VISÉ, Belgium (VN) — Denis Menchov (Katusha) sent shivers through the Tour de France peloton over the weekend. The Russian, known as the “Silent Assassin,” rocketed through the prologue time trial on Saturday and reminded everyone he’s a force to reckon with.
The 34-year-old placed sixth, but only six seconds back from top GC favorite Bradley Wiggins (Sky). The result must concern Wiggins, Cadel Evans and the others who remember that Menchov already has three grand tour titles in his palmarès. He dealt with Danilo Di Luca to win the Giro d’Italia in 2009 and twice won the Vuelta a España over Carlos Sastre, the first one given to him after Roberto Heras was disqualified.
The Giro and Vuelta rank lower than the Tour in terms of prestige, but are just as hard. The wins, added to two GC podium spots at the Tour and the best young rider award in 2003, single him out as a danger man and a possible Tour winner. Bookmakers now give Menchov 16:1 odds. Wiggins enjoys the best odds at 6:5.
Katusha rescued Menchov in December after Geox-TMC folded and left him high and dry. He’d enjoyed placings, but nothing particularly impressive throughout 2011. Many critics questioned whether or not he was finished after long runs with top teams Banesto and Rabobank. He returned to a first division team this year, but Menchov did little to indicate he’d do so well in the Tour. He placed fourth overall in the Vuelta a Andalucía at the start of the year and won the Russian time trial championship just before traveling to Liège for the Tour’s Grand Départ.
“The results this year don’t make him a top favorite and I like that situation very much,” Katusha general manager, Hans-Michael Holczer told VeloNews.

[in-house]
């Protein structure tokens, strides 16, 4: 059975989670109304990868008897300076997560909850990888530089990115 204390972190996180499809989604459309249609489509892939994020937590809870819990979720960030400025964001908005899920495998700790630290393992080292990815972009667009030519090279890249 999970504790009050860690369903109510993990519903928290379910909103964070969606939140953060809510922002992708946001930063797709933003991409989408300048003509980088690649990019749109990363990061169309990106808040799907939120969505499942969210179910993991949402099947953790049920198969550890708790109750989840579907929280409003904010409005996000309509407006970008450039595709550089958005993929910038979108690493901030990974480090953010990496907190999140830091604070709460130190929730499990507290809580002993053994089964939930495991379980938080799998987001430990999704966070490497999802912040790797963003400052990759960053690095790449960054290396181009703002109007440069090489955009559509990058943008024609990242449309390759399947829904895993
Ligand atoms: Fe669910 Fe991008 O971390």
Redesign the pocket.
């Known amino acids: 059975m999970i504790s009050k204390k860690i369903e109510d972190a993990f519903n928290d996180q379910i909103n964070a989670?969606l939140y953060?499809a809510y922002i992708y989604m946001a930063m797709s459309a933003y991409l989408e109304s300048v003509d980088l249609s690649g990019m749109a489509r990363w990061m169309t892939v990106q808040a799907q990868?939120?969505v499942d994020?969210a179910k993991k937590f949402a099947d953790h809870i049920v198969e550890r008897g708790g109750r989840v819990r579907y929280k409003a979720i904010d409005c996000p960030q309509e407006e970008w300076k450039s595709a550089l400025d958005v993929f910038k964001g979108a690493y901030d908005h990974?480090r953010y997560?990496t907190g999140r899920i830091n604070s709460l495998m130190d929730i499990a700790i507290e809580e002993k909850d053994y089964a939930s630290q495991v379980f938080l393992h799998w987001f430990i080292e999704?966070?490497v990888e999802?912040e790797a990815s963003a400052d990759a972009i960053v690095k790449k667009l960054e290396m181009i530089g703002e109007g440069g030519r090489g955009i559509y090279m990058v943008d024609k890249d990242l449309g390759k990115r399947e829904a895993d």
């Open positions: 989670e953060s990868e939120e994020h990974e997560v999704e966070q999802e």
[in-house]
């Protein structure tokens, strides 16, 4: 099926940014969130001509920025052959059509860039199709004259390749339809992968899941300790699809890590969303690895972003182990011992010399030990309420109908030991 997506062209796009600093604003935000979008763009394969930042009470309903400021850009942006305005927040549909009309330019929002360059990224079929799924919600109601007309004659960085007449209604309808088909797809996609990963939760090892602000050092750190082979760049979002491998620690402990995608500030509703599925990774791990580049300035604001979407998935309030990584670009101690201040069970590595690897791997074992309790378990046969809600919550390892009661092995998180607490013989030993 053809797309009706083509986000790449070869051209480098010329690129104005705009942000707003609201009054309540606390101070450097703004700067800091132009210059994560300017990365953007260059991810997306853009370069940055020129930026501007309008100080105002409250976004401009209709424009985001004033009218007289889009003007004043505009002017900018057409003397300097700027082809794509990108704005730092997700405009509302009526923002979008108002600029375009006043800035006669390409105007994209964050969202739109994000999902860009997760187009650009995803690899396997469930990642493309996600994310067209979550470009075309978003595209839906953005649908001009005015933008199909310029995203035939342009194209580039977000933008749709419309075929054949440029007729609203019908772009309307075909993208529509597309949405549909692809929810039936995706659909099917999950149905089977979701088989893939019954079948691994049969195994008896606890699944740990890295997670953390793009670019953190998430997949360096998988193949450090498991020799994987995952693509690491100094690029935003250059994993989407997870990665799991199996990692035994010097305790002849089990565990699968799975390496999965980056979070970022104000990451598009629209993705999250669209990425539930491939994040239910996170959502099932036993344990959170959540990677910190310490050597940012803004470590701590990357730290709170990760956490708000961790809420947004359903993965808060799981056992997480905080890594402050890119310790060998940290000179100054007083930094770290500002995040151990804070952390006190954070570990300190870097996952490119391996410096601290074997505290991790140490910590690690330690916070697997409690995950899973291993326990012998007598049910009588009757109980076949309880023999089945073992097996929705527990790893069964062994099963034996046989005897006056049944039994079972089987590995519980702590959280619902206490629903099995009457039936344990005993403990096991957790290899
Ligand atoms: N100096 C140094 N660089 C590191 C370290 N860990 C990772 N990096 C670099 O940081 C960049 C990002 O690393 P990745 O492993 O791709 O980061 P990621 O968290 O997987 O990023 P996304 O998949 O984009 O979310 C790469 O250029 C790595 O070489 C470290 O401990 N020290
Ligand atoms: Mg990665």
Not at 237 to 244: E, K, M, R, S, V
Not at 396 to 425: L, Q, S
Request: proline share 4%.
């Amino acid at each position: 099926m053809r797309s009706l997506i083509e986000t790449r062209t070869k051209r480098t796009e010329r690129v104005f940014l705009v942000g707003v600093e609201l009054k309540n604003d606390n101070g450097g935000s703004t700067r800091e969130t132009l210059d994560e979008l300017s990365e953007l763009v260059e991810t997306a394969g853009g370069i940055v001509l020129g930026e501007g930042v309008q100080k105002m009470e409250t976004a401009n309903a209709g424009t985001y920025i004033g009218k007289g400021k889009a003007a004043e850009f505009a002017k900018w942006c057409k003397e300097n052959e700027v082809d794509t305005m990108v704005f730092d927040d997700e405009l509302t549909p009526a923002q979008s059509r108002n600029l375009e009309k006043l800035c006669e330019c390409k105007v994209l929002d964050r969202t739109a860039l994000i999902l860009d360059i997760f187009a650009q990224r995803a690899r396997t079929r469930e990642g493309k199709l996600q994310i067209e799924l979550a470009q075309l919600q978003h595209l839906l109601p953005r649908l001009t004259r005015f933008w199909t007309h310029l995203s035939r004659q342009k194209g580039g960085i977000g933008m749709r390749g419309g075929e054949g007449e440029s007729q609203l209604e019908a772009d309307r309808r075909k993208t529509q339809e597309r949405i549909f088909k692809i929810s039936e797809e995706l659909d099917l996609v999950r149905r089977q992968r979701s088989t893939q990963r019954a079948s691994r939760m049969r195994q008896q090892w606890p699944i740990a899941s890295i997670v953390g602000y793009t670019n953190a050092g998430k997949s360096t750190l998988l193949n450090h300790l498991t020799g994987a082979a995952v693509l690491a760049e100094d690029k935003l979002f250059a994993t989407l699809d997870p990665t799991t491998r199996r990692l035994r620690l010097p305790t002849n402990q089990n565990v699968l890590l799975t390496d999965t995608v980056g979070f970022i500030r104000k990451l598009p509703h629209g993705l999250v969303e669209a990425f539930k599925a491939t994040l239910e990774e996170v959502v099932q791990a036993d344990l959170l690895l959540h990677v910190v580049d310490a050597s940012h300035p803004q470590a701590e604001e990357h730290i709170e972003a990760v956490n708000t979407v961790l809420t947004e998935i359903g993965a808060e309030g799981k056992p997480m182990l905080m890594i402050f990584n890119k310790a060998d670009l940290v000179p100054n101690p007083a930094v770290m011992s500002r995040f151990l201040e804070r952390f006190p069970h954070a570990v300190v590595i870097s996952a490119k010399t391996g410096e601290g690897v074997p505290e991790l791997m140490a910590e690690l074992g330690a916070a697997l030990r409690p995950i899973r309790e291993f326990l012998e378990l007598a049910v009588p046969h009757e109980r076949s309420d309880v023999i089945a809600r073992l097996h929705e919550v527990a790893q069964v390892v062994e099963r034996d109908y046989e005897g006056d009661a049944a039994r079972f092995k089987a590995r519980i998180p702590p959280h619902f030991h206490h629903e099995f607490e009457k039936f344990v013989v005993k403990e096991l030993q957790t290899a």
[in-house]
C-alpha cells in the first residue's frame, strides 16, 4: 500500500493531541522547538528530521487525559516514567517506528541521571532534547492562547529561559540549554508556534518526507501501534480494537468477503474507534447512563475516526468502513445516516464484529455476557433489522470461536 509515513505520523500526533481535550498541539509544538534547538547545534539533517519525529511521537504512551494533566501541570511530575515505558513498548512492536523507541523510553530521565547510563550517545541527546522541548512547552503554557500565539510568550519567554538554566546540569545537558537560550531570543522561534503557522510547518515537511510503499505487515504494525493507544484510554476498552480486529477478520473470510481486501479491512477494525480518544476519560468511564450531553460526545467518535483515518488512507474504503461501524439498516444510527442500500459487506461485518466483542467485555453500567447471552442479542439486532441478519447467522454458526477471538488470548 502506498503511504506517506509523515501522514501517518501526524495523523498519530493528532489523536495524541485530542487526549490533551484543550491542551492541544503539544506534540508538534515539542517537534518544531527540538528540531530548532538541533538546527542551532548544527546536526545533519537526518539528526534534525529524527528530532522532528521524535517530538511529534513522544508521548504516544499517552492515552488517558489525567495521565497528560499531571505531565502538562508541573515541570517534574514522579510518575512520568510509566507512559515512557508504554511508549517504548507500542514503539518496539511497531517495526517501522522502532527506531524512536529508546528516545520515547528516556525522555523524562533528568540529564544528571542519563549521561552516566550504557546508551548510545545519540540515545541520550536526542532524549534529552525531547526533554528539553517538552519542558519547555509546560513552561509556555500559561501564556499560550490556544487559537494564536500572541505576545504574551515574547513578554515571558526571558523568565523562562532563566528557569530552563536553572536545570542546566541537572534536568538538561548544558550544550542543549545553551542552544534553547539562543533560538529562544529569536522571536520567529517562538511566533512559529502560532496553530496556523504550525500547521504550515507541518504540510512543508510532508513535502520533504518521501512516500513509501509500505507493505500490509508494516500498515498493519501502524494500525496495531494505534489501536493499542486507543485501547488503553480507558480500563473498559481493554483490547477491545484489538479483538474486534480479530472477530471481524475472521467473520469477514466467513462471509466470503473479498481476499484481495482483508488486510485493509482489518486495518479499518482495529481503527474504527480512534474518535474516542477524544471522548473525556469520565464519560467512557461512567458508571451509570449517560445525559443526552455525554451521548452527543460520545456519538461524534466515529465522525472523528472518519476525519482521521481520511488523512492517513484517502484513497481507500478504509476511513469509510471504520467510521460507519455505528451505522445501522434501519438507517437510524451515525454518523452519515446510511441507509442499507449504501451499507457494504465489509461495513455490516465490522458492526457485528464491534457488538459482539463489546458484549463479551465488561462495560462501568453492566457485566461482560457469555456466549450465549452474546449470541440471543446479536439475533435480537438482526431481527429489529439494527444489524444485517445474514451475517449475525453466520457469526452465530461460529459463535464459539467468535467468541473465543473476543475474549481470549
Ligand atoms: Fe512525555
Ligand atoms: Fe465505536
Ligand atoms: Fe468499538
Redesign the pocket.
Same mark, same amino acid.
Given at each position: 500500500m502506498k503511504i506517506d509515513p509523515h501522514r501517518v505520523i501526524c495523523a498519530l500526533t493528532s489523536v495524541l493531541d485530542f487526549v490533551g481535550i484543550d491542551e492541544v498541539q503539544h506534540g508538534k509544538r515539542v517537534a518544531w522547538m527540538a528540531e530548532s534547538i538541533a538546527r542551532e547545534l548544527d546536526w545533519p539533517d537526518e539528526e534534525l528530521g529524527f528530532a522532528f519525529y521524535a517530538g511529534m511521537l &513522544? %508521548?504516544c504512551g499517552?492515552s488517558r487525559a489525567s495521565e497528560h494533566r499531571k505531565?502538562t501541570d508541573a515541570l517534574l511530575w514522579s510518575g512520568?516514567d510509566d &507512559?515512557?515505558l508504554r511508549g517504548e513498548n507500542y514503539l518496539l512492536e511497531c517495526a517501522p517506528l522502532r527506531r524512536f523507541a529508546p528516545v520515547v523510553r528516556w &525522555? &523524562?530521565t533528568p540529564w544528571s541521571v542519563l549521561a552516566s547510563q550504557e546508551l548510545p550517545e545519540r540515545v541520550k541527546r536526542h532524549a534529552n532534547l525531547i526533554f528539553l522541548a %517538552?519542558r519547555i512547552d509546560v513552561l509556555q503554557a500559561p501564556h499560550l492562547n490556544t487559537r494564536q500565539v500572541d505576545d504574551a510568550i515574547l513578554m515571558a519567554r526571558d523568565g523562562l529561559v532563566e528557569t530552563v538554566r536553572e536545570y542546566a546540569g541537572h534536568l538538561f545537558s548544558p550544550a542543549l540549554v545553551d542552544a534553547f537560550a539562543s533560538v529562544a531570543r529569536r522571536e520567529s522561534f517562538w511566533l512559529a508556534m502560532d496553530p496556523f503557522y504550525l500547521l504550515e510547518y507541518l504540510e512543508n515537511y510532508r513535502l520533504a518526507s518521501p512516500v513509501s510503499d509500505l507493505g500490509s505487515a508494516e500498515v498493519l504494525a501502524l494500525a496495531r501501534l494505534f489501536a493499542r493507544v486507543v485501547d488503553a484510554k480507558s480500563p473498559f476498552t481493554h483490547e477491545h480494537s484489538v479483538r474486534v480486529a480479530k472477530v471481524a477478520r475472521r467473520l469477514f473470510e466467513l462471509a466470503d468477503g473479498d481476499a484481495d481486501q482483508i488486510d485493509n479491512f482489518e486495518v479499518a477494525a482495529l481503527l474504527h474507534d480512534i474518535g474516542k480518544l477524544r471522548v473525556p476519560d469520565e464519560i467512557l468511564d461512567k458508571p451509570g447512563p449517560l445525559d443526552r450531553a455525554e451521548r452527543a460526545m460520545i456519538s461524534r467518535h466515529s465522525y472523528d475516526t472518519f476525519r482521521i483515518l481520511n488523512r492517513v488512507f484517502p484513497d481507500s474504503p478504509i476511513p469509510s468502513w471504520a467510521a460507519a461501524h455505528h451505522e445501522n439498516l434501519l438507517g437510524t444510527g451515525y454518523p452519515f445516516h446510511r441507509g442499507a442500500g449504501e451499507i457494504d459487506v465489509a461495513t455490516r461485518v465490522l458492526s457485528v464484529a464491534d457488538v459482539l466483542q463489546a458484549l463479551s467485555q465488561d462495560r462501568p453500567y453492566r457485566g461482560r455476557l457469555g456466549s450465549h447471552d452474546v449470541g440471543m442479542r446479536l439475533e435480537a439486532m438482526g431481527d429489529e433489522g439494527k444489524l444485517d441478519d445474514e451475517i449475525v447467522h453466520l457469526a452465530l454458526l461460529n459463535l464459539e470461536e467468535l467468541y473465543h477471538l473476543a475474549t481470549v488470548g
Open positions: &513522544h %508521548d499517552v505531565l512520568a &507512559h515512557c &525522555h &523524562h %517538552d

“I saw him two weeks ago in the Russian championships. I knew he was pretty good there, impressive. I had hopes that he’d finish in the first 30 [in the prologue]. In the end, we’re happy.”
Menchov’s best previous effort in a Tour prologue was 27th in 2007, losing 23 seconds to overall contender Andreas Klöden. Now, however, putting time into all the likely GC challengers bar Wiggins, he’s able to think about a Tour podium and even an overall win. There are still 18 days, with two time trials to race, longer individual tests near 50km each that better suit Menchov.
“It’s too early to say [what’s possible]. Nothing’s impossible, but, the big but, we should be very careful,” Holczer added. “We enjoyed a very special second place with Joaquím Rodríguez in the Giro d’Italia. Second in the Tour de France would be something even more special. We should be very careful about betting on that. We’re always hopeful, but the clock will decide the times in the end.”
Menchov explained on Sunday evening in a team statement, “I’m more and more confident about the rest of the competition.”
The competition is likely become more and more confident in him.